Kim Smith wrote a book called “Radical Candor: Be A Kick-Ass Boss without Losing your Humanity. Who could NOT read a books with such a great title? I was intrigued. I started reading it. In the first chapter, Kim tells a story that is familiar to anyone who works. She had a big problem that needed her full attention with a brilliant answer in record time. Her plan was to hide in her office and think her way into a solution. Along the way toward her identified goal she encountered several employees who needed her attention - attention she wanted to provide but ended up exhausting her, leaving little energy for her own work.
Feeling like she was a big failure (“I have wasted my life” territory), she called her CEO coach Leslie Koch. In her frustration she asked, “Is my job to build a good company….or am I really just some sort of emotional babysitter?”
Koch’s response was as follows: “This is not babysitting...It’s called management, and it is your job!” (Chapter one paraphrased for brevity, Radical Candor) Koch is suggesting that Kim thought her job was to succeed (and of course there is some truth to it). But Koch may be saying that in order to “succeed” - we may have to redefine what that means, and we definitely have to take a hard look at what that requires. Kim thought that doing an important task was crucial (and it was important) but she was learning that it was not the ONLY crucial factor in her company’s success.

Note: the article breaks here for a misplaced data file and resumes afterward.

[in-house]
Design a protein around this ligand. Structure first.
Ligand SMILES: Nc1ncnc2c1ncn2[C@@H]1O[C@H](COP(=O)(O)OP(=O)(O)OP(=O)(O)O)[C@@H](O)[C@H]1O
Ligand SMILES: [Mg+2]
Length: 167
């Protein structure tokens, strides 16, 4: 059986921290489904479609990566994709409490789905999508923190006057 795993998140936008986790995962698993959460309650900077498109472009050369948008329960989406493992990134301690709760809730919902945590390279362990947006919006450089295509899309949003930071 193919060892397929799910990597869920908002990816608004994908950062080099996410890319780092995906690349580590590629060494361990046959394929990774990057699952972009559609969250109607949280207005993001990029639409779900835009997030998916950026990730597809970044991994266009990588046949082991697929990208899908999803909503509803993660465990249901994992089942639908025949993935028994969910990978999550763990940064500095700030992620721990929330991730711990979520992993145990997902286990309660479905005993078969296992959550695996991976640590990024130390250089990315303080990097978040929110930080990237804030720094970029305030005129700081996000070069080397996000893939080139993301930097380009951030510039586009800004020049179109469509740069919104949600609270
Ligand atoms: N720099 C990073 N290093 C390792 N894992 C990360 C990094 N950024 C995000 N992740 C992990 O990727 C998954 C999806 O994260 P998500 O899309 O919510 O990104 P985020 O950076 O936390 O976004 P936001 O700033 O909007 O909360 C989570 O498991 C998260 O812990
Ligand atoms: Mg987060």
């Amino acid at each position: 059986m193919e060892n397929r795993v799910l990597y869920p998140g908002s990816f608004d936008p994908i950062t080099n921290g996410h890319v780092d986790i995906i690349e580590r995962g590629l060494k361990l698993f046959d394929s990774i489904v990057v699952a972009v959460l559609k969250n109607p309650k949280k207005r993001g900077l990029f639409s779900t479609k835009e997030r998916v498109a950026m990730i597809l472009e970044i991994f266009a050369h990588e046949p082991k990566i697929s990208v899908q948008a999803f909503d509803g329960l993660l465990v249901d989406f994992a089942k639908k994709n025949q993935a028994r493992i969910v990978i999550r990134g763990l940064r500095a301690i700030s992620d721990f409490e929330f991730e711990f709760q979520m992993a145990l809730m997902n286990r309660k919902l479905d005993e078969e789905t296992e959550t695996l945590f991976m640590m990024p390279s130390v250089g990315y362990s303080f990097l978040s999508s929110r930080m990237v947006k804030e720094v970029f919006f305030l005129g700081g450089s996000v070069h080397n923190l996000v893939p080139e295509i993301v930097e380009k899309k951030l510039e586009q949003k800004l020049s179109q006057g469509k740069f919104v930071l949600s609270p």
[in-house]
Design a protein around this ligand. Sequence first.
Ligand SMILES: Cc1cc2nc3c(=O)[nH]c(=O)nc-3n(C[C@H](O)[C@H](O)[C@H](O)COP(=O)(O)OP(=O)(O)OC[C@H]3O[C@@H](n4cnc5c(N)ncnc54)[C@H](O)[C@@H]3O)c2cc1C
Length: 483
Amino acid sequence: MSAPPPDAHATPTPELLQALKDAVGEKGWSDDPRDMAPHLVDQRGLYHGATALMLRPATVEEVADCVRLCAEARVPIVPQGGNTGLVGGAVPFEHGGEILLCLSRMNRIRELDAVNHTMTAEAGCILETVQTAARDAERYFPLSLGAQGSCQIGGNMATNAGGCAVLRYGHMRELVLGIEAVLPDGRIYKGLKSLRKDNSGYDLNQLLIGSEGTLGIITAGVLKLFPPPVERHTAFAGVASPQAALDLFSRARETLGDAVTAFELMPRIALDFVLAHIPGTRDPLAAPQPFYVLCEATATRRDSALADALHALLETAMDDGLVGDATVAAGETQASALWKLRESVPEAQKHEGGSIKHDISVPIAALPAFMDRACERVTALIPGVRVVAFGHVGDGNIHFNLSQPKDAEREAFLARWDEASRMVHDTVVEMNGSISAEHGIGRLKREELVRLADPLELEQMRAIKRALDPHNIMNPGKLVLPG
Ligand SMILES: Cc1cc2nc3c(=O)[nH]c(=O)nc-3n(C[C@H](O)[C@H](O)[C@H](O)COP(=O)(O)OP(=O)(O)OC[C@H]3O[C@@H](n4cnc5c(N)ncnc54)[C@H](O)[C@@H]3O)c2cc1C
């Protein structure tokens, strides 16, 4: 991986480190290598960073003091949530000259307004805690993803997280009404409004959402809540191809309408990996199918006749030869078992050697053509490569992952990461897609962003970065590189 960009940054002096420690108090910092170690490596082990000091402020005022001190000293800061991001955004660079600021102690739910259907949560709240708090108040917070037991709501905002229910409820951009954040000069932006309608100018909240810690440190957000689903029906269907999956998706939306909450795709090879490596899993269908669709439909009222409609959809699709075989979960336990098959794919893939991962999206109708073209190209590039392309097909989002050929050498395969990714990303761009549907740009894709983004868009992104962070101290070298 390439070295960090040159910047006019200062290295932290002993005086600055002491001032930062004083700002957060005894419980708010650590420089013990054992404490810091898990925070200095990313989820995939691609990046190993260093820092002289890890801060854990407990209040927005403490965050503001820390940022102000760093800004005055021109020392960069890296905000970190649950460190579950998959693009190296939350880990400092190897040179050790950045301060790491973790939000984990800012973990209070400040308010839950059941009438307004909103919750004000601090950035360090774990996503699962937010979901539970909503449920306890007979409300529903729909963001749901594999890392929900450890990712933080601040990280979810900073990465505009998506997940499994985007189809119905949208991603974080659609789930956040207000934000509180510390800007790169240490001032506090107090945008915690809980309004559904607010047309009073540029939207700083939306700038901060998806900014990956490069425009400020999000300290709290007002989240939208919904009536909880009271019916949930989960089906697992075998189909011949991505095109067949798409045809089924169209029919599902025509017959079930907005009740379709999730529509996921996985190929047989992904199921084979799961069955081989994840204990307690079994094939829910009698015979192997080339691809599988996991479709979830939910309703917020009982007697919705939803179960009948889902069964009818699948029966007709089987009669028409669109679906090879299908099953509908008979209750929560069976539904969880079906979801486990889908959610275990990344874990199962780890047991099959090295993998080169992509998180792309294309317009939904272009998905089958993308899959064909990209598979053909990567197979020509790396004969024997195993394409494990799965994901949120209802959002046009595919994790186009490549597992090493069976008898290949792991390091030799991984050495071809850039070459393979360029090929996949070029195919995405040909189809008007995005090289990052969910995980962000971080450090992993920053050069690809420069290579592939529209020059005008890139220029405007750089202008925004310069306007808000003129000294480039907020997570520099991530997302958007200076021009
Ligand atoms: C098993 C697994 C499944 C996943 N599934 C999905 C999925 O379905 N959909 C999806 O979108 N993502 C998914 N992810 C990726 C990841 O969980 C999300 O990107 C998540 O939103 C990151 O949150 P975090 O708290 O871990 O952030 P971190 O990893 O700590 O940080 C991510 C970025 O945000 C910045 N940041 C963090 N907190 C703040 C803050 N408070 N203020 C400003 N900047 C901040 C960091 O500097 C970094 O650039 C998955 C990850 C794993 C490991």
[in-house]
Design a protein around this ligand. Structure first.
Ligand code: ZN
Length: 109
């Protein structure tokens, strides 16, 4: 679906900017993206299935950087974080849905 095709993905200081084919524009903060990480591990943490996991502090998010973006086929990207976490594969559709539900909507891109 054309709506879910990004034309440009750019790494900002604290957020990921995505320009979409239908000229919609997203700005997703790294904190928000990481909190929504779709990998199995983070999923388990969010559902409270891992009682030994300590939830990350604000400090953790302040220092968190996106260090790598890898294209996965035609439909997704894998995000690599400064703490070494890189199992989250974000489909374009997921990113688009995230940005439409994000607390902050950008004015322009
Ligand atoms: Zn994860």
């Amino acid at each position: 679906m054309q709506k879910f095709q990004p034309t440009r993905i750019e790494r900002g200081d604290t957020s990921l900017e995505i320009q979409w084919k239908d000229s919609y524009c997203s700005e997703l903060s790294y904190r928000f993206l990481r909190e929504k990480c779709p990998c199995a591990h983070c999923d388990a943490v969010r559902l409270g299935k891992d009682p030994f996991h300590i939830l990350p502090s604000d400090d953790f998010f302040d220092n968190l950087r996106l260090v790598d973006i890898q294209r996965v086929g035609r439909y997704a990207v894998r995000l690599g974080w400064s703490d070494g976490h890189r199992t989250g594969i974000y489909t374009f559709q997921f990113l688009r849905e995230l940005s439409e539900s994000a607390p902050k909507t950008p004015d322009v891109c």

Koch and Smith are speaking in terms of business relationships but I think we can draw from their conversation when we widen the lens of context. Widen the lens with me a bit to include all our relationships and ponder this: our imagination for what “doing our part” in life looks life is often wildly different and far more discouraging than reality. (For example, Pete fears wasting his life all the while the people who love him are daily grateful for his presence and steady hand. The man is a living, breathing example of living his core values.)
Whether we are talking family, friends or work relationships - our part can be a beautiful thing. But it probably will never make the cover of Time magazine. (People magazine maybe - if we do it exceedingly poorly!) So what is our part? As usual - there are no simple answers. But I think today we can find one principle to consider: presence matters. Your presence matters. The people in your life who are willing to be present with and for you matters. What you do may or may not matter. But presence, that matters. Pete, when disheartened, needs my presence more than he needs my troubleshooting skills. But presence often FEELS like doing nothing to help; we must fight against this false belief so as to learn how to get and stay present for those we love.
How are you staying present for others? Yourself? Who’s present for you (I am not asking who you WISH could be present for you - who actually is present?)